From Doon with Death is not an open feminist crime novel, or at least not in the way we know them now after the 1980’s and 1990’s productions. In this novel, the victim is a woman and her death is investigated by two policemen. However, both the victim and the policemen are more than they seem. Rendell plays with the reader’s expectations and gender constructions in crime fiction in a way that shows the author’s thoughts on women’s representation and how, with time, she will get to change them, for Wexford will become a man with a family and a personal life, not a solitary drunk.

My 50th anniversary edition is preceded by an afterword by Rendell that helped me a lot to understand the real value of this book back when it was first published. Since I am quite strict with spoiling anything on my reviews, I will only say that this afterword reveals how much she wanted to change crime fiction for women and how, if she were writing this same story nowadays, it would not be possible to have it this way, and she is quite glad of it.

So, I highly recommend From Doon with Death. First of all, because it is a landmark in crime fiction, but also because it is the first installment in one of the most emblematic and well-known crime fiction series in the UK.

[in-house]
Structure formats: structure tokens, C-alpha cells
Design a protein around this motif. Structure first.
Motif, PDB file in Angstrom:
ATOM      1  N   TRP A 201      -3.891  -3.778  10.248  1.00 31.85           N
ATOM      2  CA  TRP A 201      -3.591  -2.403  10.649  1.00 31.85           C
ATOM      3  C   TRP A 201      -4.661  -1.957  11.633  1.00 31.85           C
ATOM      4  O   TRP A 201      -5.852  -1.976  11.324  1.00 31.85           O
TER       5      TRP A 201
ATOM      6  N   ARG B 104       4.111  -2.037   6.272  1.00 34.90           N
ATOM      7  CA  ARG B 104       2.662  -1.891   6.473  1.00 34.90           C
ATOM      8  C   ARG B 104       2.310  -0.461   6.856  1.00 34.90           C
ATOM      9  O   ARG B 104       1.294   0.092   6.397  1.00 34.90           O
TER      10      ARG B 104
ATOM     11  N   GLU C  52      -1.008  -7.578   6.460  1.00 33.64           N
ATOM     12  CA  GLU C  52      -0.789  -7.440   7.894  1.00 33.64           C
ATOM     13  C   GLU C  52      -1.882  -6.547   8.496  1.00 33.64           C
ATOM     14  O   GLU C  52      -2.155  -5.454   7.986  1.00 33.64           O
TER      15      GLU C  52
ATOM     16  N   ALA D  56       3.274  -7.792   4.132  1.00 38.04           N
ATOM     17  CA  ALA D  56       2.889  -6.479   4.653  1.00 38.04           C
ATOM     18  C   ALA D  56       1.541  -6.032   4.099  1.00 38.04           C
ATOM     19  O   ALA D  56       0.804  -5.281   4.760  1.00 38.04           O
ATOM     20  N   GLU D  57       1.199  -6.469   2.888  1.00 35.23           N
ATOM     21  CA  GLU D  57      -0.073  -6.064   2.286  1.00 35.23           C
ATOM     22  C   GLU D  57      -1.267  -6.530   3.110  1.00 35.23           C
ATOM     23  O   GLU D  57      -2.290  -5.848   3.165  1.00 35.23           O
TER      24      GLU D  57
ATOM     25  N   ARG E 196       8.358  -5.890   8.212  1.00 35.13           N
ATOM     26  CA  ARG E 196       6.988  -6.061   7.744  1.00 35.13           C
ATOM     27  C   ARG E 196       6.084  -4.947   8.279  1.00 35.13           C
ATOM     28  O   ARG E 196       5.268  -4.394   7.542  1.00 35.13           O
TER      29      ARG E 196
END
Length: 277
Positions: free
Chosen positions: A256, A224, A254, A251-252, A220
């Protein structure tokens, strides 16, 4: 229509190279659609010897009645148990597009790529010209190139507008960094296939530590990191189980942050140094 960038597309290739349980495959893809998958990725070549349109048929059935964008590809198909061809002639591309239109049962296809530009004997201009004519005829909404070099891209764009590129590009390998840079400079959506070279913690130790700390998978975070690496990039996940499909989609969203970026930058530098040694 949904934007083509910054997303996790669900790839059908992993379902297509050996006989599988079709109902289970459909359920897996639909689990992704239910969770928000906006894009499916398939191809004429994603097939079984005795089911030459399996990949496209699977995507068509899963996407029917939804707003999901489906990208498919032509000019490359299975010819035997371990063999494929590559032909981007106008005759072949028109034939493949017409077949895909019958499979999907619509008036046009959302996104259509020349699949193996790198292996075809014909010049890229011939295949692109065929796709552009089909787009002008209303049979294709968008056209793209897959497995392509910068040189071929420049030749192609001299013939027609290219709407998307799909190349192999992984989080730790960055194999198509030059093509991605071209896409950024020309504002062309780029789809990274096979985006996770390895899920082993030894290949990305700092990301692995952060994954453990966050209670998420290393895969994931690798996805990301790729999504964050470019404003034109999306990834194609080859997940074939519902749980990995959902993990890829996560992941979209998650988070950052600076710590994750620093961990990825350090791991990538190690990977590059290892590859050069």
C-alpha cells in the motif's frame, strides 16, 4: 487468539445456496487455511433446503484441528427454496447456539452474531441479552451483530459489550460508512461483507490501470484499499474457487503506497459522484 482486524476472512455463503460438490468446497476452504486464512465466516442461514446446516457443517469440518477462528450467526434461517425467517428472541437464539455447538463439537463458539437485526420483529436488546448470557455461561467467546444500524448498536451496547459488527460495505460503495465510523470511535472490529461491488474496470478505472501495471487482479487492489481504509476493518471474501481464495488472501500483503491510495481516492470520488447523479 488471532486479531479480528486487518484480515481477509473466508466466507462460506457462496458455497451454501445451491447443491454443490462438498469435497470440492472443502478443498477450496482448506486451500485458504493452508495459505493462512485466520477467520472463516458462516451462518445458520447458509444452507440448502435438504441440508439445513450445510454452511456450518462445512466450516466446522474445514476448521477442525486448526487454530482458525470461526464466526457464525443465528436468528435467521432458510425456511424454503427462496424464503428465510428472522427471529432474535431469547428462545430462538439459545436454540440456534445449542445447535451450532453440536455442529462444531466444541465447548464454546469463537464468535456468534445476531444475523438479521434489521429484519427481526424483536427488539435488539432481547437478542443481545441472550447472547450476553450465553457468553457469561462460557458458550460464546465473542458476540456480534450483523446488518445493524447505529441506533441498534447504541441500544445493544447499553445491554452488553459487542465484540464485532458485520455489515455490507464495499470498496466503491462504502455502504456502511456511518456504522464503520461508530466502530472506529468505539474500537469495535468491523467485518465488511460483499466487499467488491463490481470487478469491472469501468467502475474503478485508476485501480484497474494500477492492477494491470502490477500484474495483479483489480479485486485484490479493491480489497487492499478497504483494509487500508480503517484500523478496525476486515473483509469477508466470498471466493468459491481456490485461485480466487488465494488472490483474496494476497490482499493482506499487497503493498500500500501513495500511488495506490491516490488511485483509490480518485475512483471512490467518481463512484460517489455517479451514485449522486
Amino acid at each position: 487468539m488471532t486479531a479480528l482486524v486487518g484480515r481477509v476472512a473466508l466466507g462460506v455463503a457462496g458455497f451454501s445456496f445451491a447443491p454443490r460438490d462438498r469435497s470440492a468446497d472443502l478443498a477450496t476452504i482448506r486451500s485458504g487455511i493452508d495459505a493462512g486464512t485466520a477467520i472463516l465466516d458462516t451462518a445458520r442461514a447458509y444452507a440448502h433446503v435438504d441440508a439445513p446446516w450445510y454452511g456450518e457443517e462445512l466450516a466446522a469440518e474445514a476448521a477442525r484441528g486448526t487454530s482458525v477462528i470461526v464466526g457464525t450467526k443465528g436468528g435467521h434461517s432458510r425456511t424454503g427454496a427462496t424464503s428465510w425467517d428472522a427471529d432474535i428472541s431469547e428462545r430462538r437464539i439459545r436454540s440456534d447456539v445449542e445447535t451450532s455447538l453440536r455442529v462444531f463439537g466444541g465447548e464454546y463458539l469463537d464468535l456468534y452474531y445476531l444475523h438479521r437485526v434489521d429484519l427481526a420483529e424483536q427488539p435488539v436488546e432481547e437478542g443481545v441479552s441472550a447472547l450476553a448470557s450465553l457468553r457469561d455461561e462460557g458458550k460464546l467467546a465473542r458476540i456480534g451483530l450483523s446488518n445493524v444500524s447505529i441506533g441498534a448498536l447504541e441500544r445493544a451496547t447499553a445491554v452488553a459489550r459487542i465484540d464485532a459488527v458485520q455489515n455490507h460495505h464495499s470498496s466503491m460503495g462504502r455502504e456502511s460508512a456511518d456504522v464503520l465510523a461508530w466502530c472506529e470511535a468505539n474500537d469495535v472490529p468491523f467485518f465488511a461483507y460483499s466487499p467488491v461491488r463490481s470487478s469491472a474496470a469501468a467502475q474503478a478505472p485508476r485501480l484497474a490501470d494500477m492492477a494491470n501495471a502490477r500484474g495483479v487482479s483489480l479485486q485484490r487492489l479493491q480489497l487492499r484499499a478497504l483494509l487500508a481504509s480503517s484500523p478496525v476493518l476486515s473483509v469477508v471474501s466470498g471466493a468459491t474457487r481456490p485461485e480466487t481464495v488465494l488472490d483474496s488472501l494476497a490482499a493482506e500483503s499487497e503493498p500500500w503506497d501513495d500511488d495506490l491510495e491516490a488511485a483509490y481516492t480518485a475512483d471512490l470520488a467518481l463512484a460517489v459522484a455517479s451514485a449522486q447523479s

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12 thoughts on “From Doon with Death by Ruth Rendell

  1. Keishon says:

    I’m a big fan of Ruth Rendell having read only two of her novels. One was a standalone: A Judgement in Stone which was excellent. I have this one so I’m looking forward to reading it.

    Like

    • Elena says:

      So, she writes the Wexford series, another series under Barbara Vine AND stand-alone novels? Wow, I would love to meet her and ask her for her secret 😛

      Like

  2. madamebibilophile says:

    I read this a few years ago & thought the “twist” was obvious, but also that at the time of publication, it probably wasn’t, and was a big surprise to readers. The afterword sounds really interesting, I’ll have to take a look at this edition.

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    • Elena says: